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Manik Sarkar Warns BJP Against 'Playing With Fire' in Tripura, Calls Narendra Modi 'Weak Prime Minister'

Sarkar is leading a high voltage electoral campaign for the Tripura assembly elections, due on February 18. He is hopeful of forming a record eighth Left Front government in the state.

Sougata Mukhopadhyay | CNN-News18

Updated:February 13, 2018, 4:08 PM IST
Manik Sarkar Warns BJP Against 'Playing With Fire' in Tripura, Calls Narendra Modi 'Weak Prime Minister'
File photo of Manik Sarkar. (PTI)

Agartala: Confident of defending one of the last remaining fortresses of the Left against the political onslaught of the BJP which is on a winning spree in the North East, Tripura chief minister Manik Sarkar said that the saffron brigade was “playing with fire” by joining hands with the divisive forces in that state.

Sarkar also hit back at Narendra Modi for playing on his name at a recent public meeting in Tripura. The PM had said that the time is ripe for the state to replace Manik (gem) with Heera (diamond). “Such use of words only demonstrates his weakness as a Prime Minister. The people of Tripura will not accept such attacks on an individual,” Sarkar said in an exclusive interview to News18.

Sarkar is leading a high voltage electoral campaign for the Tripura assembly elections, due on February 18. He is hopeful of forming a record eighth Left Front government in the state. The campaign is currently in its final phase, with the BJP emerging as the primary opponent.

Calling the pre-poll tie-up between the BJP and the tribal-based Indigenous People’s Front of Tripura (IPFT) an “unholy and opportunistic alliance”, Sarkar said, “It is surprising that a national party ruling the Centre has allied with a party like IPFT, whose main demand is to carve out a new state from Tripura. This organisation was founded in the year 2000 by an extremist outfit called NLFT which has its camps on the other side of the international border. They have been pampered and nurtured by the ISI and the CIA. They have organised holocausts and riots here in Tripura to divide the tribal and non-tribal population of the state.”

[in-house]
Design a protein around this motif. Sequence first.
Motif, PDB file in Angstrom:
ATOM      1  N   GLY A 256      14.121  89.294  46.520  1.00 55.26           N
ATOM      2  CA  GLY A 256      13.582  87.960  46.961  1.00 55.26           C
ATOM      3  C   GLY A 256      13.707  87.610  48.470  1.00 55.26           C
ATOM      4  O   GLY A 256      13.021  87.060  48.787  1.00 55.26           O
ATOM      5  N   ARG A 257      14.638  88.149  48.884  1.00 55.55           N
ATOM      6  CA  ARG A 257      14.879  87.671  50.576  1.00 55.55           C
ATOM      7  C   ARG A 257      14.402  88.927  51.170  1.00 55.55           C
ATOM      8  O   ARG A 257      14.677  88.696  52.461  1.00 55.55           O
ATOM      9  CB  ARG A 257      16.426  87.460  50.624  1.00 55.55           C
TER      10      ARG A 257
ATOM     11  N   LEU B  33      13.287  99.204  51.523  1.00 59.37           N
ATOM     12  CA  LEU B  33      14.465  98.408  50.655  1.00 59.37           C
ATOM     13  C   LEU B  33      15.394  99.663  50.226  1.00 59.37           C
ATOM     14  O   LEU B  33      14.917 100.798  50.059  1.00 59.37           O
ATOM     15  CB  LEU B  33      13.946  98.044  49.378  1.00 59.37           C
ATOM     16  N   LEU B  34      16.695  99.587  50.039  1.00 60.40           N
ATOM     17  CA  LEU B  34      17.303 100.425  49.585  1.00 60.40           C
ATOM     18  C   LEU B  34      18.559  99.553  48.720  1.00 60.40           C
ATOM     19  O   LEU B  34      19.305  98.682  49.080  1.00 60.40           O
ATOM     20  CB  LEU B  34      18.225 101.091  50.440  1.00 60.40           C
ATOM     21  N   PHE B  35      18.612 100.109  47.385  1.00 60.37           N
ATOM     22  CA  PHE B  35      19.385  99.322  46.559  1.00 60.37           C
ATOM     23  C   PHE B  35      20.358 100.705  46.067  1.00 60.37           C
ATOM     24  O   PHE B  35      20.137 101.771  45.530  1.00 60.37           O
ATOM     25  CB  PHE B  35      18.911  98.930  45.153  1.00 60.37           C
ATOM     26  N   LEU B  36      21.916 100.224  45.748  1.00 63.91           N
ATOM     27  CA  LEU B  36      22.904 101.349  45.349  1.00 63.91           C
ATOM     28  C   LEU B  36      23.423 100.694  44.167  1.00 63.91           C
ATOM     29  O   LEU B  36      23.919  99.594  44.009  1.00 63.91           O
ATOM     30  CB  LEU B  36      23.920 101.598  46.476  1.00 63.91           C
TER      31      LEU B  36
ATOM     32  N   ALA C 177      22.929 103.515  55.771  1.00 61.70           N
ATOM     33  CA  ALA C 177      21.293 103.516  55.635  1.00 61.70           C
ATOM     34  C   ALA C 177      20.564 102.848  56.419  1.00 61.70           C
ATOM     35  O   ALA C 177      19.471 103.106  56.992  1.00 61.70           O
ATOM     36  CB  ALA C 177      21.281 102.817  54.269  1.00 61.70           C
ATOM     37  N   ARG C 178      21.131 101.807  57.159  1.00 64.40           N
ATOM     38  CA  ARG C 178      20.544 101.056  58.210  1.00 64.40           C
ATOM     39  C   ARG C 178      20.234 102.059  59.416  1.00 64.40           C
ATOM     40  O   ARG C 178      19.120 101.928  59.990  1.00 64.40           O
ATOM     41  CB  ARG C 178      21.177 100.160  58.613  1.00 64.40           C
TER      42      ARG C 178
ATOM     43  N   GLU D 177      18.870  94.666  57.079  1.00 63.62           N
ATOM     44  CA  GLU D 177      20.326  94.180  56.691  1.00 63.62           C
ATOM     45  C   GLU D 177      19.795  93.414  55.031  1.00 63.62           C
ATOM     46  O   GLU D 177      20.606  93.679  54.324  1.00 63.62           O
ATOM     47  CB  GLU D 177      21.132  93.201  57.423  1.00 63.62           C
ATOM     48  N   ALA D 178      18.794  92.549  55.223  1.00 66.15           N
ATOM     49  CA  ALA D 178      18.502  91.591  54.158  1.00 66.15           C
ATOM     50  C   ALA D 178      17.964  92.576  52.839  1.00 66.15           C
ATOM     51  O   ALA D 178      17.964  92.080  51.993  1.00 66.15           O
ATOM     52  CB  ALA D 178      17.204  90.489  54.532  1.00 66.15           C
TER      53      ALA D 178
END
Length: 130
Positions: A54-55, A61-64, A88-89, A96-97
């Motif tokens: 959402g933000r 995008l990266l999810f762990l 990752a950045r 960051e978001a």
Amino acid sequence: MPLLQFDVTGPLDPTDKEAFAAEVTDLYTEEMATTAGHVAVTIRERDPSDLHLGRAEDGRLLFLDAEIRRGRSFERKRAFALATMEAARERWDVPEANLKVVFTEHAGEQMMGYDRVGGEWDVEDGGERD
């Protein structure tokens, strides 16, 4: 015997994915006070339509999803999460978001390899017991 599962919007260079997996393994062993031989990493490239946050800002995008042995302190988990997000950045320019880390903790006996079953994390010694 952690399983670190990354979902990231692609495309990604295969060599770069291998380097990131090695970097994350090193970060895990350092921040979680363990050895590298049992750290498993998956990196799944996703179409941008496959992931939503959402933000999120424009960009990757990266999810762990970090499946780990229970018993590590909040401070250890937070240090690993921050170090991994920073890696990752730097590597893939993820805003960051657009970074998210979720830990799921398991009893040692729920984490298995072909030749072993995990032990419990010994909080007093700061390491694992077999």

“It is to a party of such dubious background that the BJP has extended its support. Naturally, the people of Tripura are asking how a nationalistic political party is aligning with this sort of a divisive political organisation. We are asking people to decide whether they want to support the BJP, and hence the IPFT, and thus aide the division of Tripura,” Sarkar added.

“By doing this, the BJP is playing with fire,” the chief minister asserted.

According to the BJP, its alliance with the IPFT alliance is based on a set of “common minimum programmes” for development of socio-economic conditions, education, language and culture of the indigenous people of Tripura who form about 31 percent of the state’s population and have one-third of the 60 seats reserved in the state assembly. The BJP has fielded its candidates from 51 seats and left nine to the tribal party. IPFT has, however, announced that it would separately pursue its demand for separate statehood.

Asked to respond to Prime Minister Modi’s recent jibe at him, Sarkar was all for returning back the favour albeit within democratic parameters and courtesy. “This is a political battle we are fighting. It’s a struggle for ideology, politics, programmes and their implementation. It is not a battle between two individuals. I have respect for the chair that he occupies. He is our Prime Minister and by saying these things, he has only demonstrated his weakness. It is not expected of him,” Sarkar said with a wry smile on his face.

Sarkar, who has been chief minister for the last two decades and heads a government which has ruled Tripura since 1978, except for a five-year gap between 1988-93, strongly denied facing anti-incumbency.

“We are not facing anti-incumbency because our government has not taken a single step which goes against the interest of common people,” he asserted, adding, “We have implemented numerous pro-people policies and programmes despite sustained non-cooperation from the Centre, which has failed to fight us politically and ideologically.”

The chief minister also shirked responsibility for the CPI-M failing to anticipate BJP’s rapid growth in Tripura. “The BJP has not been able to consolidate its base in Tripura. The RSS’ attempts to divide tribals into Christians and Hindus have failed. The present growth of BJP is only because of a section of opportunistic Congress leaders, who have switched over first from the Congress to the Trinamool and now from the Trinamool to the BJP. A section of their followers are irked by this toying with their sentiments,” Sarkar said.

“The formula of co-opting the Congress, which has worked for the BJP in some of the other North-Eastern states, will not work in Tripura. If the card changes at the Centre, a reverse exodus will happen here… that’s the experience of the North East,” Sarkar maintained.

Despite showing firm conviction about holding the BJP at bay, senior party functionaries at the CPI-M state headquarters in Agartala admitted that Sarkar was up against one of the toughest challenges of his political career. Should he succeed in giving the BJP its Waterloo moment, his prominence within the Left leadership in the country would skyrocket, not to speak of that within his own party.

Evidently, Manik Sarkar has much more at stake in these state elections than just holding one of last remaining Left bastions in India.

| Edited by: Aditya Nair
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